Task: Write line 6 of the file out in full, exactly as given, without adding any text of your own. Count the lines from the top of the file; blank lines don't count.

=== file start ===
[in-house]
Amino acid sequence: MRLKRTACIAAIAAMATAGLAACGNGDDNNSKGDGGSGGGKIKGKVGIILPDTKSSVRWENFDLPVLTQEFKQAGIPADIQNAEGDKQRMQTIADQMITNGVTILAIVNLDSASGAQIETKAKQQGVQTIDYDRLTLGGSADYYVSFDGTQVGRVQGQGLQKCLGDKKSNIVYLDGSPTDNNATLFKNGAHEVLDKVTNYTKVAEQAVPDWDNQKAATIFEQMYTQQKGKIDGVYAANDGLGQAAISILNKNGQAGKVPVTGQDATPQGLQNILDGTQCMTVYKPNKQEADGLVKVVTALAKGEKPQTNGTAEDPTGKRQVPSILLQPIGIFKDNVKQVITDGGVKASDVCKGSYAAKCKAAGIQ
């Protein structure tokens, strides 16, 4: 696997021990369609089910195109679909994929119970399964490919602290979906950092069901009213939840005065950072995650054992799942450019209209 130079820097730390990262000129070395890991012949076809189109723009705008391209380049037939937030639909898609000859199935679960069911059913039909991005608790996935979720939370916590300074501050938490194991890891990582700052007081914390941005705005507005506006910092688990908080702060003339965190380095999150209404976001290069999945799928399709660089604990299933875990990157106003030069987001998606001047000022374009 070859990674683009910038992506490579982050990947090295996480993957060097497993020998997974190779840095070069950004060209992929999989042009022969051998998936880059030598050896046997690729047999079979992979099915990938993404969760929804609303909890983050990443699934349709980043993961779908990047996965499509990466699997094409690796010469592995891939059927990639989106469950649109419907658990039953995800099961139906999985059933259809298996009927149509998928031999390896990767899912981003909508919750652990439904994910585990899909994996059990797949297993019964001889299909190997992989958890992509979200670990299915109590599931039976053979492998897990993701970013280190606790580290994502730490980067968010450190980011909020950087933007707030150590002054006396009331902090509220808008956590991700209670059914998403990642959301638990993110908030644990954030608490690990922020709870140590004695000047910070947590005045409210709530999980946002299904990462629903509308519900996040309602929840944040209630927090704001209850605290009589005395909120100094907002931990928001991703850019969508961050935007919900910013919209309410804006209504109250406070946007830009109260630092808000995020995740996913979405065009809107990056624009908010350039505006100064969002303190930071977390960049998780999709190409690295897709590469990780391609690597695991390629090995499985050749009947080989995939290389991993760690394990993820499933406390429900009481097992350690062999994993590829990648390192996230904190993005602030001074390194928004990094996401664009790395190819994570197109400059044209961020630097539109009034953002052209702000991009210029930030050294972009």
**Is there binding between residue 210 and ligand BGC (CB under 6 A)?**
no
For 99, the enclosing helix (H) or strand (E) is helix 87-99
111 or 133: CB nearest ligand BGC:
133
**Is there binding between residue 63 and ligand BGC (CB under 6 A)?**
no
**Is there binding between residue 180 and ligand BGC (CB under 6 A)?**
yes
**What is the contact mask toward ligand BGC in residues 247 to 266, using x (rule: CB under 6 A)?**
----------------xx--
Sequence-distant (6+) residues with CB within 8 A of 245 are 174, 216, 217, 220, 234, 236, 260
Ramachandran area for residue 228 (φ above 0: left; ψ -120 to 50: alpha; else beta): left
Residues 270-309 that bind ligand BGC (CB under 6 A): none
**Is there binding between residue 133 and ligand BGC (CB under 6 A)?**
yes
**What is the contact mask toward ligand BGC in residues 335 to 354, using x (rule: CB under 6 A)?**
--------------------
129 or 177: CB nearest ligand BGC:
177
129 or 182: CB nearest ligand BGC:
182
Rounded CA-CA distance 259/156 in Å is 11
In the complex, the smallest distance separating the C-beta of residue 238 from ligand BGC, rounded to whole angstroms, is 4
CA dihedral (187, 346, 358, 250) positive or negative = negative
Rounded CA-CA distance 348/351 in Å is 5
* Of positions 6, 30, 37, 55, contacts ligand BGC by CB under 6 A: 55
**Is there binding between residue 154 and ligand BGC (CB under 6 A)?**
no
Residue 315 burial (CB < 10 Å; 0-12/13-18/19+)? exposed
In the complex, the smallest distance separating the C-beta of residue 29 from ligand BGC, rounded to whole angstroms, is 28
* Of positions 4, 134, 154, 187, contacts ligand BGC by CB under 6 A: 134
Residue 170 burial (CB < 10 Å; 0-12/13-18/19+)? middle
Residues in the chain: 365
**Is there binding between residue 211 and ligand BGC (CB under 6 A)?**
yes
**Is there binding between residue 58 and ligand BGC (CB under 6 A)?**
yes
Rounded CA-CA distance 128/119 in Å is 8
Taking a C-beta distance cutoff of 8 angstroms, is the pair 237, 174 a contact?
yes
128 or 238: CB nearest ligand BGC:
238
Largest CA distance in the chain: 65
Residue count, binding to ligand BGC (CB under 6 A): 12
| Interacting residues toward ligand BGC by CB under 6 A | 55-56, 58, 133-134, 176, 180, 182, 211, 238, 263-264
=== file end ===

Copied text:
For 99, the enclosing helix (H) or strand (E) is helix 87-99